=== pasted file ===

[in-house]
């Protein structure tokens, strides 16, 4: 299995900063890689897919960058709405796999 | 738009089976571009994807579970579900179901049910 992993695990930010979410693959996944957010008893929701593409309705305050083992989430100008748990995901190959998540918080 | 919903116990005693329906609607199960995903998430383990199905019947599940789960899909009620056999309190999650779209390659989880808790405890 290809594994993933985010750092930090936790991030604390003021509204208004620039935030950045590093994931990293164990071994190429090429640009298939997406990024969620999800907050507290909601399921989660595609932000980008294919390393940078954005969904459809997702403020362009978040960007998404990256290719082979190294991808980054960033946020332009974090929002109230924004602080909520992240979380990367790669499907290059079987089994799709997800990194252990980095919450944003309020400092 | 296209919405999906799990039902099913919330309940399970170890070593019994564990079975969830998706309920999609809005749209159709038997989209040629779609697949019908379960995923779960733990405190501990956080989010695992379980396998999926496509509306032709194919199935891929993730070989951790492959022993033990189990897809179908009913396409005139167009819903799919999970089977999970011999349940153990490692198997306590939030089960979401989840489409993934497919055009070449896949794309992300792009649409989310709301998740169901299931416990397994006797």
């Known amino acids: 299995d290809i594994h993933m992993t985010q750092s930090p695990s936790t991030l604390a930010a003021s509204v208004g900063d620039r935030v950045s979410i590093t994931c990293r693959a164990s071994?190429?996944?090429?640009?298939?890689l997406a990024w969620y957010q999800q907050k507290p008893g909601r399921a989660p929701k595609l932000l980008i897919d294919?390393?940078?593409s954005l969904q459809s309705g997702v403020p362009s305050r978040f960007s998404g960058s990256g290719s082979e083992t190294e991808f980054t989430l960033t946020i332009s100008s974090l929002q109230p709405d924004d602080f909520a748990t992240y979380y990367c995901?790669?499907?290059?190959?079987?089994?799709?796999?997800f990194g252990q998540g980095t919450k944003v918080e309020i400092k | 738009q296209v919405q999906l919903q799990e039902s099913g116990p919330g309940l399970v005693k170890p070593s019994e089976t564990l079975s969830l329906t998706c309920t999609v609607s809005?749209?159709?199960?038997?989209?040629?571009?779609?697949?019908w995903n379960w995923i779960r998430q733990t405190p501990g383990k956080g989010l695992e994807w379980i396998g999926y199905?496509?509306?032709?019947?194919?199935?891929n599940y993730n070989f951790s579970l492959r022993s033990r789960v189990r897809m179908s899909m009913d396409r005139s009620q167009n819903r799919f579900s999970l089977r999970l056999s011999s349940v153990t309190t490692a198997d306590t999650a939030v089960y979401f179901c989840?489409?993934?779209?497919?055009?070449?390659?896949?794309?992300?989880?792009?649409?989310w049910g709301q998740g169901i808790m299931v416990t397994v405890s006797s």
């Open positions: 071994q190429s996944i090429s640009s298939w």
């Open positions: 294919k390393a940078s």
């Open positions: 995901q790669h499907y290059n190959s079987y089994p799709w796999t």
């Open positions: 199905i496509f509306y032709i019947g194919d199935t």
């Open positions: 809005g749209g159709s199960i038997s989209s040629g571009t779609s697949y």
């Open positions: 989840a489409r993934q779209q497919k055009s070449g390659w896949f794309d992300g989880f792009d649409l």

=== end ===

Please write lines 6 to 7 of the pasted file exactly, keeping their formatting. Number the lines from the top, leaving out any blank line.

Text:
């Open positions: 995901q790669h499907y290059n190959s079987y089994p799709w796999t």
């Open positions: 199905i496509f509306y032709i019947g194919d199935t």